The Charlatans it ain’t – but their singer’s second album is sweetly affecting
The Tim Burgess of 2012, it has to be said, bears scant resemblance to the baggy flower-child of The Charlatans’ heyday. In the mid-’90s, Burgess was the chap the girls had pinned up on their bedroom wall, a dreamy cross between Ian Brown and Professor Brian Cox who’d taken all the drugs and had the goofy grin to prove it. Now, he’s sporting a shocking bleach-blond mop top, hanging out in Tottenham squats with stern electro group Factory Floor, and talking about how amazing anarcho-punks Crass were to anyone who’ll listen. Man, what happened to ‘Can’t Get Out Of Bed’?
Curiously, Burgess’ second solo album owes relatively little to either his past or his present. Forged out of a fandom-turned-friendship with Lambchop vocalist Kurt Wagner, it’s a country-rocky thing recorded at a studio in Nashville with help from Lambchop, Clem Snide and My Morning Jacket. Wagner wrote the lyrics, and you sense that if he was singing them in his cracked whimper, this would basically be a Lambchop record. Burgess’ rather slight Cheshire burr, conversely, sometimes struggles to find its feet among the sumptuous brass and gospel choirs. But when it does, ‘Oh No I Love You’ provides undemanding pleasure. ‘White’ mixes twinkling synths and perky ‘Up With People’ brass to tell the tale of a ruined love affair with unlikely cheer, while ‘The Great Outdoors Bitches’ is a gently yearning mix of electronic beats and sighing lap-steel that finds Burgess confessing, “Everywhere I look/Reminds me of you”.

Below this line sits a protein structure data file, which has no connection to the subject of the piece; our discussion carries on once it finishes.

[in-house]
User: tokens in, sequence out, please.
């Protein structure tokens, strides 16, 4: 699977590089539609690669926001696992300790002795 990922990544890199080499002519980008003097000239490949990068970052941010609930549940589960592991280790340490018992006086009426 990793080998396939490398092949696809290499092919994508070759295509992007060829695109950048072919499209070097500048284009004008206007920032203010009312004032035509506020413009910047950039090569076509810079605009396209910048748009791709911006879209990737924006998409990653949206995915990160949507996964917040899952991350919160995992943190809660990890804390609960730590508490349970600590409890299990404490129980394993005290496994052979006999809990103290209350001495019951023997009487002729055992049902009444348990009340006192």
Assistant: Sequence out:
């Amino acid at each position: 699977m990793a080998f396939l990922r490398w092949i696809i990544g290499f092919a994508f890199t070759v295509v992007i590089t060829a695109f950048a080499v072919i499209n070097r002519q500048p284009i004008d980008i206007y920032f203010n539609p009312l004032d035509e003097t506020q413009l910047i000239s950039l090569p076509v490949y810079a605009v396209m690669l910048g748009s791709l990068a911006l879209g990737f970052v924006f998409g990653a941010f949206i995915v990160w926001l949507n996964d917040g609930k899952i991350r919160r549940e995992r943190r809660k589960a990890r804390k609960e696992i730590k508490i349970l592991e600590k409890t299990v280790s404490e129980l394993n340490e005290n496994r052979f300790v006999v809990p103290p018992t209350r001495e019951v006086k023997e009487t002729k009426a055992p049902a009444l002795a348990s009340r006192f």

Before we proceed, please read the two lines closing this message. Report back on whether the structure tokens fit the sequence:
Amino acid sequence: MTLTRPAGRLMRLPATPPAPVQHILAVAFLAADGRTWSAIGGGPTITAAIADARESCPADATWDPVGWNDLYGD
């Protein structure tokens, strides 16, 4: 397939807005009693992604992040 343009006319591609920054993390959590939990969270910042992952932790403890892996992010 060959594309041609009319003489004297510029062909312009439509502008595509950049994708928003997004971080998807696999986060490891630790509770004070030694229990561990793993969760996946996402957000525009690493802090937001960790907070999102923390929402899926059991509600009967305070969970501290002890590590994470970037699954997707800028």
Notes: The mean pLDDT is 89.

Yes, his falsetto comes a bit unstuck on ‘The Economy’. And that things get emotionally harrowing on ‘A Case For Vinyl’ – a man surveying his romantic history through the filing of his record collection – is telling: this is not particularly heavyweight stuff. While we await a new Charlatans album, though, this is a sweet postcard from a man who still gives a shit about trying something new.